The traditional definition of a learning environment may bring to mind the physical environment; space considerations, room layout, furniture or tools. These design aspects are important components of developing a flexible learning environment, but a sole focus on them is not enough to meet the needs of today’s learners, or to support educators working to design equitable, inclusive leaning environments.

This is where the UDL guidelines, a strong understanding of equitable practice, and a healthy dose of self-reflection are needed to help us work toward the goal of developing truly inclusive learning environments.

 The UDL guidelines and checkpoints help us to predict barriers that occur regularly in the learning environment. Then, they provide us with ideas for providing access, building understanding through scaffolds and providing opportunities to internalise learning. If you can predict it, you can plan for it! 

Samantha: One member of the UDL Chat conversation raised this idea: “I want to try and de-jargon my language, to try and communicate and connect more clearly with everyone. I think the way we mindfully communicate our ideas and learnings with people is the foundation of accessibility.” Is there a way to de-jargon the way we talk about UDL?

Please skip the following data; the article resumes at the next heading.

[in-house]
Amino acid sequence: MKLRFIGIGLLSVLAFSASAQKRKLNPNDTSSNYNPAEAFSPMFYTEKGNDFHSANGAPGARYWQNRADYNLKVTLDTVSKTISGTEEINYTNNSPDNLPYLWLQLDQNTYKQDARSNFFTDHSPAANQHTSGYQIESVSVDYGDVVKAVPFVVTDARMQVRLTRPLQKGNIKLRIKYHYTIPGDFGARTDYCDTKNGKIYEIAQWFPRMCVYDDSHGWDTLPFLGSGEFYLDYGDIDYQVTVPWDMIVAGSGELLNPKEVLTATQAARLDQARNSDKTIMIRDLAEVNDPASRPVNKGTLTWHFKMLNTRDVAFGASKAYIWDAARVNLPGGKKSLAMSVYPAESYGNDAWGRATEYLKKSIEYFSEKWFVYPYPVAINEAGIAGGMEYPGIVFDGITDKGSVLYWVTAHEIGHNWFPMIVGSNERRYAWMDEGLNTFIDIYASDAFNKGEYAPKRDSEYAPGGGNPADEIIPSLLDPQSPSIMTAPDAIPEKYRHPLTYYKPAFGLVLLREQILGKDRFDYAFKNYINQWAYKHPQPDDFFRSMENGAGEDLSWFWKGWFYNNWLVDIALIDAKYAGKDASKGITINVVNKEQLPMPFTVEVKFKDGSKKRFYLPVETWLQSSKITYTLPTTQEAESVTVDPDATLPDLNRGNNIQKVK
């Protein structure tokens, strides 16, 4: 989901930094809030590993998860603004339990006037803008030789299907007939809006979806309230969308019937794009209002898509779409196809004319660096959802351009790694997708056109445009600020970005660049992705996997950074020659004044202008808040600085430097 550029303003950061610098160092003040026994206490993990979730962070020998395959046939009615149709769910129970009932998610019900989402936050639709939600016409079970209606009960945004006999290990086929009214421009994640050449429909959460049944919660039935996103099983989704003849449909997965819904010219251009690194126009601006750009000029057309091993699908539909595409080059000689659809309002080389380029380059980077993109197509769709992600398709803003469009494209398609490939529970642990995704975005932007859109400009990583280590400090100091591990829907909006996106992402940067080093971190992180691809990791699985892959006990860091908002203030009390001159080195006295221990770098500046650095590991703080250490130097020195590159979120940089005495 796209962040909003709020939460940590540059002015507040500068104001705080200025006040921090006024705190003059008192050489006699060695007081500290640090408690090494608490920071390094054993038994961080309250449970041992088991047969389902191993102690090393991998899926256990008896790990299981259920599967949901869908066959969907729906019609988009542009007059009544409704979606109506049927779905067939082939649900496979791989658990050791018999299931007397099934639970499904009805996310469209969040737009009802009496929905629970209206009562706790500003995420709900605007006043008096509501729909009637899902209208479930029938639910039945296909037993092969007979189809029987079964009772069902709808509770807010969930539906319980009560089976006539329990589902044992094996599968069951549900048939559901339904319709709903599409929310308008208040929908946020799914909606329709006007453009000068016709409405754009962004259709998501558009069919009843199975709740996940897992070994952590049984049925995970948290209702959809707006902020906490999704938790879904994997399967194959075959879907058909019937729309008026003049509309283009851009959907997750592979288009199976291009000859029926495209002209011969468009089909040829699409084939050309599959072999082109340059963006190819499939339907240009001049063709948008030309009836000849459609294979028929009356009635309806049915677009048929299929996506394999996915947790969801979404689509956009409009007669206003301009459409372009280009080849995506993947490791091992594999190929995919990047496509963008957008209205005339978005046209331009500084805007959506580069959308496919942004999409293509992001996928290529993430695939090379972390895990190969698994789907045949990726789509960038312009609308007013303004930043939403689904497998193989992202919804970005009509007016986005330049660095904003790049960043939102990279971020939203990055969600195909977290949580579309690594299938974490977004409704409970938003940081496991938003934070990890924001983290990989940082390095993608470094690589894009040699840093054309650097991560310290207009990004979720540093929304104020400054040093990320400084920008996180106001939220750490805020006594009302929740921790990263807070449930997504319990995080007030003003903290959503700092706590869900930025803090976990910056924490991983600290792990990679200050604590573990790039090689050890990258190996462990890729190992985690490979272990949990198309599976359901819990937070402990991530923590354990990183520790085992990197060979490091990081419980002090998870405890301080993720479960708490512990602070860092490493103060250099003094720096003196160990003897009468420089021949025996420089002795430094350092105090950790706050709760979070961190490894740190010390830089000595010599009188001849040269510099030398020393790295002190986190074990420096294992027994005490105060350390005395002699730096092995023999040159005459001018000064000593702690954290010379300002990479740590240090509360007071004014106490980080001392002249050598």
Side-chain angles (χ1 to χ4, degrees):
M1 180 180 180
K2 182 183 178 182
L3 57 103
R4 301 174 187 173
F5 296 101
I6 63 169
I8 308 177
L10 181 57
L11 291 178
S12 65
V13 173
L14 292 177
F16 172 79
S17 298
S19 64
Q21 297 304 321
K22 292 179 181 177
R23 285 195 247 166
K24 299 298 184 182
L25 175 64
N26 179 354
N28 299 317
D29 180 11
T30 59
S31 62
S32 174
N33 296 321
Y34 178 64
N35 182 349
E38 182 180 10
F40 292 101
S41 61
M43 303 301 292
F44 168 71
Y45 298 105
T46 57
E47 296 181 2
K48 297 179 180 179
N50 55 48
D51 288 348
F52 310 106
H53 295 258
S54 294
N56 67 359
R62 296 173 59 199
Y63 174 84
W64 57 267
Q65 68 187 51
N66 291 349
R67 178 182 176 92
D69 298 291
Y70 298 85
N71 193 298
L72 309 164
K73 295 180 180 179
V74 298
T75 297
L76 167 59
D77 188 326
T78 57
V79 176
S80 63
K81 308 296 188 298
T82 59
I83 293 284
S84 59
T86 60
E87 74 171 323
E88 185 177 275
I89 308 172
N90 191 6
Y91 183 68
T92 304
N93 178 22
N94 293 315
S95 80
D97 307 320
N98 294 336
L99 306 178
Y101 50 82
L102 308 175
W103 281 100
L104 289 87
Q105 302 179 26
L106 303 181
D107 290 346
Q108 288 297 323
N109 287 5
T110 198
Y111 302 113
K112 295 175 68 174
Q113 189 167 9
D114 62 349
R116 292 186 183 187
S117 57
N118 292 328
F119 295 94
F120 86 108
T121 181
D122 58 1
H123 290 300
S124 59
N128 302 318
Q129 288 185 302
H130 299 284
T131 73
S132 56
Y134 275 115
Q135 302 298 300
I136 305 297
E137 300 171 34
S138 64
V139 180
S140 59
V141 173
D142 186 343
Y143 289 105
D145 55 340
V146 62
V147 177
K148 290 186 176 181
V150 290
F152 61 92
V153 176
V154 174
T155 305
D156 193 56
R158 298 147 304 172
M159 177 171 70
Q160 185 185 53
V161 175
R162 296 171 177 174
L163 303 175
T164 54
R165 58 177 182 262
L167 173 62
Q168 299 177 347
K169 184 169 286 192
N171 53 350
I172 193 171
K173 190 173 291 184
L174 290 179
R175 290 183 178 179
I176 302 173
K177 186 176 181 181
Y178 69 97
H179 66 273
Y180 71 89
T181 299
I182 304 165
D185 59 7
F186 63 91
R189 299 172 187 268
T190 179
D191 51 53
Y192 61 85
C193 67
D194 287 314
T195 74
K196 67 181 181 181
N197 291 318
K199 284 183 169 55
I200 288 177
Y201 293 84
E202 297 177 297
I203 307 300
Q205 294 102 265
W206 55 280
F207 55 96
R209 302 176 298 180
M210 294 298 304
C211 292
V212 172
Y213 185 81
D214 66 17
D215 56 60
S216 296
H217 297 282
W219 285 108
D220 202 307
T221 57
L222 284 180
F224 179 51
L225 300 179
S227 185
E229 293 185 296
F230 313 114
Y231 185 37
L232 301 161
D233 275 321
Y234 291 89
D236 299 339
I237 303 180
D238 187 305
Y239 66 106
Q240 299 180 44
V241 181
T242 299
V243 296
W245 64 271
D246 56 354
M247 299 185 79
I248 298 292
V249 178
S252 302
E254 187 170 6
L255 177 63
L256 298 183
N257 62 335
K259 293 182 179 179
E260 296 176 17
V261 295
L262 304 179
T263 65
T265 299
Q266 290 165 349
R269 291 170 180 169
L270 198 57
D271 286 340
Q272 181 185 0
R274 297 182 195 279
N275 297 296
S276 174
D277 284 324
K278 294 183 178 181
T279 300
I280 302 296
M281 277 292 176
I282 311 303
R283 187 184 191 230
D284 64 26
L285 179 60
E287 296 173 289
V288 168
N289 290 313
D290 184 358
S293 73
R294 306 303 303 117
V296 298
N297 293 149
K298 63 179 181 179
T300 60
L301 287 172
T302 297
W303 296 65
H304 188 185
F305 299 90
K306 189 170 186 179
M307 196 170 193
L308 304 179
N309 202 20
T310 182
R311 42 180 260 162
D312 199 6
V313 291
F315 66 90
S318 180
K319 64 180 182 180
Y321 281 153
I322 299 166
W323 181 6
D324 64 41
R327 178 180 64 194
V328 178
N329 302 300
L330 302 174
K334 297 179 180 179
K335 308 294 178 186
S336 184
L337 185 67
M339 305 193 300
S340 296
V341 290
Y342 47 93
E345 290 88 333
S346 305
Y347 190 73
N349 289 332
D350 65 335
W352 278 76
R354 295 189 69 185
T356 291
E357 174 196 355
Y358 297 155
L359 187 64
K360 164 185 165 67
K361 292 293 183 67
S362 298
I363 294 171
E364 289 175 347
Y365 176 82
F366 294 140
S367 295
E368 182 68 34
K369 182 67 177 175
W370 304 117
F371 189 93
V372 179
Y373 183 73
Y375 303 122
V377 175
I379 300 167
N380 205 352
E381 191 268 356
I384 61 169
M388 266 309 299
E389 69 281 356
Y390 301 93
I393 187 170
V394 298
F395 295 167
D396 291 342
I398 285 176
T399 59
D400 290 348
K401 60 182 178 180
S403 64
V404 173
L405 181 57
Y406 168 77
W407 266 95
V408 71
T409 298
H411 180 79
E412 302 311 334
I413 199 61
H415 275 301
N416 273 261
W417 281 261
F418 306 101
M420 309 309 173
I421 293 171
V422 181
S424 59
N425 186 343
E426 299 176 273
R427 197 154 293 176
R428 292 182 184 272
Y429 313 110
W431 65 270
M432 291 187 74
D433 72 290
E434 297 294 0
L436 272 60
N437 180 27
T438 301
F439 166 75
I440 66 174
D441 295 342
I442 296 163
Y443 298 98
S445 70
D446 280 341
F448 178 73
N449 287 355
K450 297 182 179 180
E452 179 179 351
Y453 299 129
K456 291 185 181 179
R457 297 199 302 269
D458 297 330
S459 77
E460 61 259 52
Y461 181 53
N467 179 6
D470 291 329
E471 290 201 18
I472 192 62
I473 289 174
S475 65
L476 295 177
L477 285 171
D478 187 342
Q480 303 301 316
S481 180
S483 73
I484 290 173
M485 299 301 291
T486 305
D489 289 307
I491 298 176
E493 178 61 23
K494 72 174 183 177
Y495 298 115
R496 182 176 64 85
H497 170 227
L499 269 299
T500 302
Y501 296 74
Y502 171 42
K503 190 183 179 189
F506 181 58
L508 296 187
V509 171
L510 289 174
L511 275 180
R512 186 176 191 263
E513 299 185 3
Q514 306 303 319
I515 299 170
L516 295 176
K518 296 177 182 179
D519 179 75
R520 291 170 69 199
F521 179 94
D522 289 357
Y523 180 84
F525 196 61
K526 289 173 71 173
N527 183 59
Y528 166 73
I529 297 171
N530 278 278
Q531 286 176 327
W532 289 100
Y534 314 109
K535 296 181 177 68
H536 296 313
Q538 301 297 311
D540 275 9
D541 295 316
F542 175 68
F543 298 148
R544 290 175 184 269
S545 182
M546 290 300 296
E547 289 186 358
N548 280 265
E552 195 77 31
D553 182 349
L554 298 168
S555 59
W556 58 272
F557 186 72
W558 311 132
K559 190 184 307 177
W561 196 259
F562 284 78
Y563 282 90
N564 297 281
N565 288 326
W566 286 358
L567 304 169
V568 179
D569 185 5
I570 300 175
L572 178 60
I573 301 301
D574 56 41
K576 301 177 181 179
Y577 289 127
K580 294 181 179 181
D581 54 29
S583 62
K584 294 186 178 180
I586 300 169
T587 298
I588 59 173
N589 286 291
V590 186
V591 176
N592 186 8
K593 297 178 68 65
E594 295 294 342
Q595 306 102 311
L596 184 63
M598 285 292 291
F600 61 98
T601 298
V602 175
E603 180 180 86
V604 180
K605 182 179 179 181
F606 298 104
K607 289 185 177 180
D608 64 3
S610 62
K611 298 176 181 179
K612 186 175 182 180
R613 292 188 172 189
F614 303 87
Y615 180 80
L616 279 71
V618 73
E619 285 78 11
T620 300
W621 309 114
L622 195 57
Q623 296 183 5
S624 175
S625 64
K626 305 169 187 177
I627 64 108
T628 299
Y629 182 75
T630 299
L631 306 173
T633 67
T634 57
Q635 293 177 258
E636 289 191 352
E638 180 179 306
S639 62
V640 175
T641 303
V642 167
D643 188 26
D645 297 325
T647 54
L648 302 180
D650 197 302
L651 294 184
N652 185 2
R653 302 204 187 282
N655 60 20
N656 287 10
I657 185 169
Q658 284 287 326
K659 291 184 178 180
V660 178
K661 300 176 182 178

Elizabeth: I think we have to distinguish between jargon and what is really precise, discipline-specific language. Some of the terms that we use when talking about UDL can seem like jargon at first, but they are actually super important to understanding new ways of thinking about teaching and learning. Take ‘executive functioning skills‘ as an example – on the surface that term sounds jargon-y but in reality, those are skills that I would argue that all educators need to know and that very few of us were trained to support.   

Loui Lord Nelson‘s podcast UDL in 15 minutes is a great resource here. She is an excellent communicator and speaks masterfully about UDL without using a ton of jargon.

Samantha: Members of our chat asked for advice on how to talk about UDL to their colleagues, what would you say to them?

Elizabeth: If they are thinking about colleagues who might be unsure about UDL, my go-to is always to start by asking questions.  Find out what problems they are having, and ask questions about what they have done to remove the barriers that exist to students achieving in the learning environment. Questioning is a great way to get people thinking about their practice without actually telling them what to do.